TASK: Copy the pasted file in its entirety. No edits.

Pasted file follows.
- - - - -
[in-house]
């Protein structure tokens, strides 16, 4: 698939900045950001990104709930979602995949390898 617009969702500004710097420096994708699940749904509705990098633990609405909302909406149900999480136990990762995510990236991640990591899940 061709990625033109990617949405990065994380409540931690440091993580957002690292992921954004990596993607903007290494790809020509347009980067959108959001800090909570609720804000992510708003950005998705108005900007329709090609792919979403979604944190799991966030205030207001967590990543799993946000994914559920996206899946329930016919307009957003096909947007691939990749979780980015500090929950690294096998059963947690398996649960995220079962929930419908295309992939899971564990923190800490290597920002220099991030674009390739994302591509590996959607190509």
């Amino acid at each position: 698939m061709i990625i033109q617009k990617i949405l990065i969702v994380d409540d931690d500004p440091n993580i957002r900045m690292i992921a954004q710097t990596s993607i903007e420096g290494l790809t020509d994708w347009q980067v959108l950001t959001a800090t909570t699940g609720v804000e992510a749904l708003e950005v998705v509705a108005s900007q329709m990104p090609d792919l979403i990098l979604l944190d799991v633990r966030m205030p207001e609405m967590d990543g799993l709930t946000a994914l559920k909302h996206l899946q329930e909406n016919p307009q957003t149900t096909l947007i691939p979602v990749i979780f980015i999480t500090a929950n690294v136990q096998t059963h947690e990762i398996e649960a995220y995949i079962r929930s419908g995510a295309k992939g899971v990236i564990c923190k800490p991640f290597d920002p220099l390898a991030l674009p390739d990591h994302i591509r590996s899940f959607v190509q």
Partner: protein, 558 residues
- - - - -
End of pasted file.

[in-house]
């Protein structure tokens, strides 16, 4: 698939900045950001990104709930979602995949390898 617009969702500004710097420096994708699940749904509705990098633990609405909302909406149900999480136990990762995510990236991640990591899940 061709990625033109990617949405990065994380409540931690440091993580957002690292992921954004990596993607903007290494790809020509347009980067959108959001800090909570609720804000992510708003950005998705108005900007329709090609792919979403979604944190799991966030205030207001967590990543799993946000994914559920996206899946329930016919307009957003096909947007691939990749979780980015500090929950690294096998059963947690398996649960995220079962929930419908295309992939899971564990923190800490290597920002220099991030674009390739994302591509590996959607190509």
């Amino acid at each position: 698939m061709i990625i033109q617009k990617i949405l990065i969702v994380d409540d931690d500004p440091n993580i957002r900045m690292i992921a954004q710097t990596s993607i903007e420096g290494l790809t020509d994708w347009q980067v959108l950001t959001a800090t909570t699940g609720v804000e992510a749904l708003e950005v998705v509705a108005s900007q329709m990104p090609d792919l979403i990098l979604l944190d799991v633990r966030m205030p207001e609405m967590d990543g799993l709930t946000a994914l559920k909302h996206l899946q329930e909406n016919p307009q957003t149900t096909l947007i691939p979602v990749i979780f980015i999480t500090a929950n690294v136990q096998t059963h947690e990762i398996e649960a995220y995949i079962r929930s419908g995510a295309k992939g899971v990236i564990c923190k800490p991640f290597d920002p220099l390898a991030l674009p390739d990591h994302i591509r590996s899940f959607v190509q």
Partner: protein, 558 residues